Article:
“GSA Film and Photography work is normally displayed on campus at the end of the program, with our photo work printed and hung in a gallery and the films projected for students and their families to see,” said GSA Film and Photography Faculty Chair Will Cravens. “[Since GSA had to display work digitally], we helped the students organize their work throughout the program so that when it was time to upload their film and photos to the website, it was a relatively easy process.”

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These online galleries are great for sharing work and boosting artists' confidence. It shows them that their art is worthy of being admired.

“I think the biggest thing that I took away from GSA is that I am worthy as a filmmaker, a photographer and as an artist,” said rising duPont Manual High School senior and film and photo student Cesca Campisano. “Before GSA, I definitely was super insecure in my own work and didn’t believe that I was talented enough to compare to any of the other people in my art form. But what I learned was that almost everyone I met during the program felt that way too.”

Faculty still feel the showcase and digitally exhibited works — which are all available via GSA’s website — represent GSA and give students a great digital outlet to share their works.

Kentucky Governor’s School for the Arts created an online showcase of student work promoted via social media, including Instagram. Among the works is also creative writing, including a poem at the end of this article. Image from Instagram.

“Now they can use [these links] for college opportunities or to even just share their works with friends and family,” said Covault.

He also emphasized GSA gives students more than a stage or gallery space.

“You still see the time the students put into making these chamber pieces and other artworks,” said Covault. “Also, I was really happy that the spirit of the program was captured because GSA isn’t about creating the best painter, writer, or whatever. We aren’t here to make you professionals, we're here to better their creativities and show them how to use their art for community services.”

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While going forth with GSA during a pandemic was more difficult for faculty than originally expected, many are grateful to have been able to still work with students to make art.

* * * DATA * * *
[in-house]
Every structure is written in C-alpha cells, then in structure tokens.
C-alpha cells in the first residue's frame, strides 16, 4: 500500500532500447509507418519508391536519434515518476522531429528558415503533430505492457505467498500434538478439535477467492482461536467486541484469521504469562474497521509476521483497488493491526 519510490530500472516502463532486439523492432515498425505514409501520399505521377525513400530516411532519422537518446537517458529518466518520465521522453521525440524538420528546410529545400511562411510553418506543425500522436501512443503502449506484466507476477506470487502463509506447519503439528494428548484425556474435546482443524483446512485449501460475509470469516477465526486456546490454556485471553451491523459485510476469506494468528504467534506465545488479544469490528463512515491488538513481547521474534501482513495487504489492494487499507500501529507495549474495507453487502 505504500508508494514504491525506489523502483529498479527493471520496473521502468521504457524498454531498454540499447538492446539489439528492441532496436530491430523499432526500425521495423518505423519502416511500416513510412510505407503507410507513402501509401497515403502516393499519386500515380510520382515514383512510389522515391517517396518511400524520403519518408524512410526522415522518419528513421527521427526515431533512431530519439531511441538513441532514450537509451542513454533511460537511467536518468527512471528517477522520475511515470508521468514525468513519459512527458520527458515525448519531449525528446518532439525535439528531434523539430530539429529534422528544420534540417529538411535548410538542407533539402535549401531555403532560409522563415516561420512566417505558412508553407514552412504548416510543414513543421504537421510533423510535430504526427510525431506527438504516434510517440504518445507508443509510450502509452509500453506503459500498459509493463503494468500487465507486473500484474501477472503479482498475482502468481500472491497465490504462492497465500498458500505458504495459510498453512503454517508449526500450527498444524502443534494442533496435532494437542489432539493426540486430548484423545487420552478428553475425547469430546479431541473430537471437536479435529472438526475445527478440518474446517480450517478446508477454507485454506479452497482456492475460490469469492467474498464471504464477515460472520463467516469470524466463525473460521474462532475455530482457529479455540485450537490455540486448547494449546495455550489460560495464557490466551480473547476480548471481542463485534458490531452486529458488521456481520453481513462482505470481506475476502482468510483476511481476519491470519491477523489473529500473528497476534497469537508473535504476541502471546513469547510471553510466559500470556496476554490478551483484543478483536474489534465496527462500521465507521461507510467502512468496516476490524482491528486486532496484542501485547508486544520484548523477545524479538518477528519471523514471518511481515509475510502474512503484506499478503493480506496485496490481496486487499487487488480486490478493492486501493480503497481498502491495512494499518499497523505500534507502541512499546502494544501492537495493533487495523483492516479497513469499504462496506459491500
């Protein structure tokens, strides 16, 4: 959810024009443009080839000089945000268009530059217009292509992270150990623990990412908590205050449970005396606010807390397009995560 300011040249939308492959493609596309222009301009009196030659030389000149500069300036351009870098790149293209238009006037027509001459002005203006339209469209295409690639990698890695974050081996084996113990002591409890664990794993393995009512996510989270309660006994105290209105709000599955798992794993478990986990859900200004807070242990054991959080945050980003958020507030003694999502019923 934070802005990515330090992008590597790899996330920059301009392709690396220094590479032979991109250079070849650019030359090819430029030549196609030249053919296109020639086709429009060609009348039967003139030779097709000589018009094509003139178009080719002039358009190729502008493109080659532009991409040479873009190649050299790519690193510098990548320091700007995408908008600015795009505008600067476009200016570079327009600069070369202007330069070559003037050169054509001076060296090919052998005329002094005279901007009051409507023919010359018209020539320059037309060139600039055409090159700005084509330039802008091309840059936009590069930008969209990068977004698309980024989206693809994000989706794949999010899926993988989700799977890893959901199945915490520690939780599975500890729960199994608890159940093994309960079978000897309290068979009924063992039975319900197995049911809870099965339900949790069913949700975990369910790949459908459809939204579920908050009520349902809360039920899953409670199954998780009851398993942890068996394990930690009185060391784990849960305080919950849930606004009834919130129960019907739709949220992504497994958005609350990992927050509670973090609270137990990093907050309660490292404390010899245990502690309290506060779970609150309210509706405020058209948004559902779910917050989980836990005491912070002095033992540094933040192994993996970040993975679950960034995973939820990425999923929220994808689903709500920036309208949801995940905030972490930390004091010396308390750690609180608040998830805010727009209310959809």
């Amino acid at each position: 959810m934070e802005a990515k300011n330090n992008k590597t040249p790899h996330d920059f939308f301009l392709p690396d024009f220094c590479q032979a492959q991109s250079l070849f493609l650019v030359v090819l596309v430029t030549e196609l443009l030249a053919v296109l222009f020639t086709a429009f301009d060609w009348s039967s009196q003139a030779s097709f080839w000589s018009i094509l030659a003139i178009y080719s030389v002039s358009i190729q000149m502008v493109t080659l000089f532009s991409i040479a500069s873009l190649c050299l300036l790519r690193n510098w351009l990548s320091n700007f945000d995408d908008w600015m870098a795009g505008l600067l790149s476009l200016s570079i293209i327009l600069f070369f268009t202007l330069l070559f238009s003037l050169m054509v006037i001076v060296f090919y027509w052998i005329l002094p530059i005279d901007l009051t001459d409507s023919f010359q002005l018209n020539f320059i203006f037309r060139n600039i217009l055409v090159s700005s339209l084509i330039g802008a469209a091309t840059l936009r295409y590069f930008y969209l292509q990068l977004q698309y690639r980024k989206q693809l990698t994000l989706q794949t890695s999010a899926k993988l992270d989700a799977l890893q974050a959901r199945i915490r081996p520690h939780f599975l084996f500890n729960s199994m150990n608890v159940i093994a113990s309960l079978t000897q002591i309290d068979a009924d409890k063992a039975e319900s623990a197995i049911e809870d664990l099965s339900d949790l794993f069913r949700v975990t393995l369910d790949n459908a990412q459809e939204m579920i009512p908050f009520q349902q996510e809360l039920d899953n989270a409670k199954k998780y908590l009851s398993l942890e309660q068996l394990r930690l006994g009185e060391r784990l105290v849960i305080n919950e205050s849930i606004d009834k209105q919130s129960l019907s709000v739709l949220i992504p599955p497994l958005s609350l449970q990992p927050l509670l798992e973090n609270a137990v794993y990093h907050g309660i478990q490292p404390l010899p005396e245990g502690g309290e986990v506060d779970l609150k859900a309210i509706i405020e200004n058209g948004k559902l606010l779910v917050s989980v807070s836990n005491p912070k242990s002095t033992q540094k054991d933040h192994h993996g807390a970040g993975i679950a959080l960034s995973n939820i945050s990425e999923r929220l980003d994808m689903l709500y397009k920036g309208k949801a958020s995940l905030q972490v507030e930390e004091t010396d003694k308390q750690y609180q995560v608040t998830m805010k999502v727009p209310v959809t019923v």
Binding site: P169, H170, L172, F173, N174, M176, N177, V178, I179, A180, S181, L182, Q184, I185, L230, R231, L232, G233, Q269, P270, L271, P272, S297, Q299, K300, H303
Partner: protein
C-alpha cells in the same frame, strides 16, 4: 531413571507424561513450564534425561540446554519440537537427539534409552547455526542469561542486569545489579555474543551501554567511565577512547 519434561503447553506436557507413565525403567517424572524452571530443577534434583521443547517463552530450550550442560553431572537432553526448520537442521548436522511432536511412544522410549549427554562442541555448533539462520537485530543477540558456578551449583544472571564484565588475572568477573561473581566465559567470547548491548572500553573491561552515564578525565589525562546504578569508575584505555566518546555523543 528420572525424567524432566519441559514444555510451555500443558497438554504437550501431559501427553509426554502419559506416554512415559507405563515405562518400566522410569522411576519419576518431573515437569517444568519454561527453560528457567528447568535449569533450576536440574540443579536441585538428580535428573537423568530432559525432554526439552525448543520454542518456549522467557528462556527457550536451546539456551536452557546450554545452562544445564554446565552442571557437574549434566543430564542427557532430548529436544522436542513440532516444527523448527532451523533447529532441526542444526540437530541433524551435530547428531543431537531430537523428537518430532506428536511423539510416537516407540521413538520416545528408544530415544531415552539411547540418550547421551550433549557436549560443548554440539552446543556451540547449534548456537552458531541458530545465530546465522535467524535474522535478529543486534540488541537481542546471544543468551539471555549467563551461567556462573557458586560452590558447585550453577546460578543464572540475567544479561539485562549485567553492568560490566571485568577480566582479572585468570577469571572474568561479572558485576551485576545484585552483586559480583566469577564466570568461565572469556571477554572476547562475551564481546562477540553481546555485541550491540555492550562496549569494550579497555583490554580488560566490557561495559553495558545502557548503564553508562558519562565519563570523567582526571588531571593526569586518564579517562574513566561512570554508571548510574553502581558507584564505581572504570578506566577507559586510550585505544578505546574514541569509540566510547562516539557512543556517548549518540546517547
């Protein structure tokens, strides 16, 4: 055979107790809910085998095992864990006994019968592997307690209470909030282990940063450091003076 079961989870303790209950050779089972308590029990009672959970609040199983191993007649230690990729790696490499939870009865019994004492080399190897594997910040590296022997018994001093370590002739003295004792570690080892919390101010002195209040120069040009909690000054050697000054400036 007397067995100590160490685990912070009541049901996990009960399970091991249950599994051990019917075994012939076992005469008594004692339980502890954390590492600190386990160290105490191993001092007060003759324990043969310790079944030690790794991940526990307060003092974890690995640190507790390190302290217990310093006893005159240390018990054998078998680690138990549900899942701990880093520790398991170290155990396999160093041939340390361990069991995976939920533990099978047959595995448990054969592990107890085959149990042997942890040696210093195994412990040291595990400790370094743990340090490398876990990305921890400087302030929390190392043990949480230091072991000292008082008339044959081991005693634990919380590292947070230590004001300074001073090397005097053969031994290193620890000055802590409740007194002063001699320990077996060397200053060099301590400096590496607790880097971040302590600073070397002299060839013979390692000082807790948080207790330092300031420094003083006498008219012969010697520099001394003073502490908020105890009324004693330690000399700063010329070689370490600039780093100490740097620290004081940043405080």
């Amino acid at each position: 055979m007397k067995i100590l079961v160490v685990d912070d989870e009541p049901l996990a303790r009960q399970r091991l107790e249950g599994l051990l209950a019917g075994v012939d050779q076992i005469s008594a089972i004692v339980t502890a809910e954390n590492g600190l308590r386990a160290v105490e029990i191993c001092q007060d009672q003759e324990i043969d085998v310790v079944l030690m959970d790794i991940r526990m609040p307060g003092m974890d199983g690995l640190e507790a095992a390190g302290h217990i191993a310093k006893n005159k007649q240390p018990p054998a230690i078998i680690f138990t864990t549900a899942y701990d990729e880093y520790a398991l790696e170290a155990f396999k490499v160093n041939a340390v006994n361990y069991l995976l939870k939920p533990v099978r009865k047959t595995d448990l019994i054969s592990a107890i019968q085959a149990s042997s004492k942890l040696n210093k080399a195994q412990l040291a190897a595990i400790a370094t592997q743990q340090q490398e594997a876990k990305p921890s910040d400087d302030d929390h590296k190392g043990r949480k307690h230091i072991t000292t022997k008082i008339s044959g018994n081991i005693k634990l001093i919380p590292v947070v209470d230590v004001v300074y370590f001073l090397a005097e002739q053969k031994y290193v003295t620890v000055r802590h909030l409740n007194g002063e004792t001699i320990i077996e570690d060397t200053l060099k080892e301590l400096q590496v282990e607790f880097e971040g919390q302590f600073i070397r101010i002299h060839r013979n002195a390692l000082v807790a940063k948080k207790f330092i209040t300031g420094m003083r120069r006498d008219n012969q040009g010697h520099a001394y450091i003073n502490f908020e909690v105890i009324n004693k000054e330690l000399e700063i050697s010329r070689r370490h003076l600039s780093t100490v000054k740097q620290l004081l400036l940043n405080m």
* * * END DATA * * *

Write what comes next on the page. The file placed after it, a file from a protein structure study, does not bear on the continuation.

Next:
“Virtually it was more difficult to work with, because of the usage of the weird [platforms] I had never heard of,” said Combs. “Nonetheless, we persevered and still made some pretty amazing art, if I do say so myself.”

Though the future may be uncertain, many are relieved to see that a pandemic is not getting in the way of creating art or the fun that comes with it.

“I feel like GSA did a great job making me and my peers have an adequate learning experience, even though it was all online,” said rising senior and flute player Maire Birdwell, who attends Lafayette Senior High School. “These three weeks took me away from all the worry and stress from the pandemic.”


Gracie Vanover, a 2020 graduate of Floyd Central High School, is entering her freshman year at Indiana University Southeast, where she will study journalism. At Floyd Central, she served as Editor-in-Chief and Assistant A&E Editor of The Bagpiper, and a producer at WNAS and FCTV. During high school, she also was a Highlander Marching Band member and in concert and pep band. (She played clarinet, bass clarinet and alto saxophone.) Vanover has participated in four other Arts Bureau Edge workshops.


The Way I Am

by On'Dria Gibson

2020 Kentucky Governor's School for the Arts, creative writing

Louisville Male High School, Class of 2021 | Arts Bureau Edge alumnus

The way my coils nap, no need to silk like sap.

The way my lips poke as if their being stoked.

How my voice cracks when words are spoke, passion


How the hair on the back of my neck stands when

curiosity lifts my hand.

The way my sideburns grow long, shaving cream

smooths on.

The way I look at my palms as I try to sing the song.

How each bump shoots through my skin, it’s lived in

And turns my day as black as the heads on my chin.

Out of spite, I raise a grin.

Self discovery lies within the gazes in the mirror and

sounds in the room’s echo